In Kalra Papers Private Limited v. Income Tax Officer, the Court held that inasmuch as Rules 24 and 25 of the Income Tax (Appellate Tribunal) Rules, 1963 empower the ITAT to restore an appeal if a party demonstrates sufficient cause for its non-appearance when the appeal was originally taken up for hearing, therefore the merits of the case cannot be gone into at the stage of deciding an application for restoration.

In The Pr. Commissioner of Income Tax-4 v. Headstrong Services India Private Limited, the Court held that once there was a direction by the ITAT to decide a matter de-novo, then an entirely fresh proceeding had to be conducted in accordance with the elaborate procedure mentioned under Section 144C of the IT Act. The Court further held that Section 144C envisages a change of forum and it leads to complete cessation of the jurisdiction of the Assessing officer on passing of the draft order. Thereafter, the Assessing officer is to give effect to either the direction of the Dispute Resolution Panel or pass an order on acceptance by the assessee. The Court further observed that non-adherence to mandatory procedure prescribed under Section 144C of the IT Act would vitiate the entire proceedings and the said breach was not a curable defect.


In Track and Towers Infratech Private Limited v. National Highways Authority of India, the Court reiterated that the author of the tender documents is best suited to appreciate the requirement of the particular project which it wants to be executed and, under ordinary circumstances, the High Court would defer to the understanding and interpretation of the author of the document in relation to the terms and conditions unless manifest perversity or mala-fide is established.

In Macpower CNC Machines Limited v. Union Of India, through Development Commissioner Ministry of Micro Small and Medium Enterprises, the Court observed that in the absence of any clause in the tender conditions permitting the entity inviting the tender to treat the bidders differently in the manner of technical examination of their bids on the basis of certain classifications of the goods being sought to be supplied, then attempting to do so would militate against the requirement to treat all bidders equally.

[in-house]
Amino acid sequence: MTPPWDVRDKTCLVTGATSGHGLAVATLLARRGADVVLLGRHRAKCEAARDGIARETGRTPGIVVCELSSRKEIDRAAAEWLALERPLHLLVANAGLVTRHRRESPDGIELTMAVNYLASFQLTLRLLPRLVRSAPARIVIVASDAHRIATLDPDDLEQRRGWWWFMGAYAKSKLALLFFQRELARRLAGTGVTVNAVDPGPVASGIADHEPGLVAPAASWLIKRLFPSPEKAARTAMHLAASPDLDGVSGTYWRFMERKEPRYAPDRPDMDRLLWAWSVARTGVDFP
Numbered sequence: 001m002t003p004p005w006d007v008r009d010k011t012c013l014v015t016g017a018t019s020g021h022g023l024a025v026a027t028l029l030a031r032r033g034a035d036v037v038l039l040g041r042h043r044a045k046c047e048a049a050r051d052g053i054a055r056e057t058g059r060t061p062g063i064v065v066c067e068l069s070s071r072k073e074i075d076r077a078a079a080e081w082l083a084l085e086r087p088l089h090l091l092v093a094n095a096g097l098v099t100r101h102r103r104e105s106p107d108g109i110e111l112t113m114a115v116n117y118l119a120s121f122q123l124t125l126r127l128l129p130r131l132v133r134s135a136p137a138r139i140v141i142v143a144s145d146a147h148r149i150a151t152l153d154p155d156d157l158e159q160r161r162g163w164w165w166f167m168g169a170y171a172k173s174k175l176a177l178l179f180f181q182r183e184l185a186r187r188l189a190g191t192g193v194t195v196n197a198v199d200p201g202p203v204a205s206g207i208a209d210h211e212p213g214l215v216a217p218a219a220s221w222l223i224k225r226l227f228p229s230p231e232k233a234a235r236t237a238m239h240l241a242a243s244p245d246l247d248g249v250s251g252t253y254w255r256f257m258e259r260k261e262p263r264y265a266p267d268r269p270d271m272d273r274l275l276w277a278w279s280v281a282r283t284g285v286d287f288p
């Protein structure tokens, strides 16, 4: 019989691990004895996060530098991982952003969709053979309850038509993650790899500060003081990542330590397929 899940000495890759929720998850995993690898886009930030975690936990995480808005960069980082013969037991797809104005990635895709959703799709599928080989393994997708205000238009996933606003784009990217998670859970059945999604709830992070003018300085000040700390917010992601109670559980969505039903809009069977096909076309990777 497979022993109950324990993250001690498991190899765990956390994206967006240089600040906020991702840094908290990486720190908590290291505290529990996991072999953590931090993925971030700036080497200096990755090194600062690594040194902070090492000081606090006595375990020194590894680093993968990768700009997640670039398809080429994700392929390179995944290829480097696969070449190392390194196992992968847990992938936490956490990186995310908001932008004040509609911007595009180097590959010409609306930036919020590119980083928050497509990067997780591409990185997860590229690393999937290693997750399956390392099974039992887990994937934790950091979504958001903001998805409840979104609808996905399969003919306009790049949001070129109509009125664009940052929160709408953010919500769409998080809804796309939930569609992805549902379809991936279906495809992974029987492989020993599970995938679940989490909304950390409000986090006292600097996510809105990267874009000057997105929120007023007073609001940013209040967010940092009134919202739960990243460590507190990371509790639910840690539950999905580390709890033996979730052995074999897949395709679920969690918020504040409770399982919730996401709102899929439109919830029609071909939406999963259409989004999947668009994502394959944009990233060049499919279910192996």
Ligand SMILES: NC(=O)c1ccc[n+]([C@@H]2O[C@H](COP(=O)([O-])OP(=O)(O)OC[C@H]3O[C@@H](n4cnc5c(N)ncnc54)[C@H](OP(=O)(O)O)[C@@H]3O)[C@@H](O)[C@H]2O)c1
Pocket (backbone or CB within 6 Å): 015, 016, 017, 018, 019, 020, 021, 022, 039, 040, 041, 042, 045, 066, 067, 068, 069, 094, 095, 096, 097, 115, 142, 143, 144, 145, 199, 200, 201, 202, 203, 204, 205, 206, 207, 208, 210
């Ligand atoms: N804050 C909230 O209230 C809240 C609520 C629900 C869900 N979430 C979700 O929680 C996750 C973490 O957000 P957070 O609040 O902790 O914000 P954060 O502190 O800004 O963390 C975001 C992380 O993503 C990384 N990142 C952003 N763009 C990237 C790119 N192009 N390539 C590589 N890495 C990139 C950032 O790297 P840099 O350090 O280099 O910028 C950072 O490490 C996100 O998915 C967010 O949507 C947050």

In West Bengal Electronics Industry Development Corporation Limited v. Prasar Bharati, the Court observed when there was no clause in the tender which made it mandatory for the tenderers to pass on any element of tax liability to the entity inviting the tender, then the decision of one of the tenderers to absorb the tax element in its rates would not amount an impermissible ‘discount’ or gross variation from the tendering terms so as to render the bidder ineligible.


In Sushil Kumar Jain v. Gajender Chopra, the Court while reiterating the law that award of damages has to be real and proximate and not remote, further held that compensation in the case of a tortious claim could be granted if causation was established. The Court further observed that even negligence by a party could result in grant of compensation/damages for loss suffered, and that if the act of the said party could be demonstrated to be deliberate or motivated, even punitive damages as also damages for mental agony could also be awarded.

Amit George
Amit George

Dr. Amit George is an Advocate practicing before the High Court of Delhi.

The author would like to place on record his appreciation for the assistance provided by Advocates Amol Acharya, Bharat Rayadurgam and Piyo Harold Jaimon.